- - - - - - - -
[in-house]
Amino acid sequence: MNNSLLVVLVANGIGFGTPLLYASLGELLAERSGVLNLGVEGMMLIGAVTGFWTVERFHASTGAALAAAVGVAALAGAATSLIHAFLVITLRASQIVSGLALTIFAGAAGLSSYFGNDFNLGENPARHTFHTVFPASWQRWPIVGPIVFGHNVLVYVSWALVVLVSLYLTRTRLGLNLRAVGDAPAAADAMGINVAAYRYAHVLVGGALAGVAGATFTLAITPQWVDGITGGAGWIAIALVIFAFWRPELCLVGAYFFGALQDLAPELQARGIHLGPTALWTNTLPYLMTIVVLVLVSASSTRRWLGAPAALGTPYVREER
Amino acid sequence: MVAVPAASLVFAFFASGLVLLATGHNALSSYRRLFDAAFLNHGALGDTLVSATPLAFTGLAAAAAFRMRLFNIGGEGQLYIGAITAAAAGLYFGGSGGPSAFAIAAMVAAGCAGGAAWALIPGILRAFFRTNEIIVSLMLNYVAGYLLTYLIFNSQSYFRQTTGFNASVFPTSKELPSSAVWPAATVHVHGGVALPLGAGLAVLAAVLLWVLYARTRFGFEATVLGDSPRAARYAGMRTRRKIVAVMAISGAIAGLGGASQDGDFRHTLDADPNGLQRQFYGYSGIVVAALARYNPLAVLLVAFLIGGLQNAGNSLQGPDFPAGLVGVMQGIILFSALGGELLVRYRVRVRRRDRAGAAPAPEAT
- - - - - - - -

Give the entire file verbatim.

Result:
[in-house]
Amino acid sequence: MNNSLLVVLVANGIGFGTPLLYASLGELLAERSGVLNLGVEGMMLIGAVTGFWTVERFHASTGAALAAAVGVAALAGAATSLIHAFLVITLRASQIVSGLALTIFAGAAGLSSYFGNDFNLGENPARHTFHTVFPASWQRWPIVGPIVFGHNVLVYVSWALVVLVSLYLTRTRLGLNLRAVGDAPAAADAMGINVAAYRYAHVLVGGALAGVAGATFTLAITPQWVDGITGGAGWIAIALVIFAFWRPELCLVGAYFFGALQDLAPELQARGIHLGPTALWTNTLPYLMTIVVLVLVSASSTRRWLGAPAALGTPYVREER
Amino acid sequence: MVAVPAASLVFAFFASGLVLLATGHNALSSYRRLFDAAFLNHGALGDTLVSATPLAFTGLAAAAAFRMRLFNIGGEGQLYIGAITAAAAGLYFGGSGGPSAFAIAAMVAAGCAGGAAWALIPGILRAFFRTNEIIVSLMLNYVAGYLLTYLIFNSQSYFRQTTGFNASVFPTSKELPSSAVWPAATVHVHGGVALPLGAGLAVLAAVLLWVLYARTRFGFEATVLGDSPRAARYAGMRTRRKIVAVMAISGAIAGLGGASQDGDFRHTLDADPNGLQRQFYGYSGIVVAALARYNPLAVLLVAFLIGGLQNAGNSLQGPDFPAGLVGVMQGIILFSALGGELLVRYRVRVRRRDRAGAAPAPEAT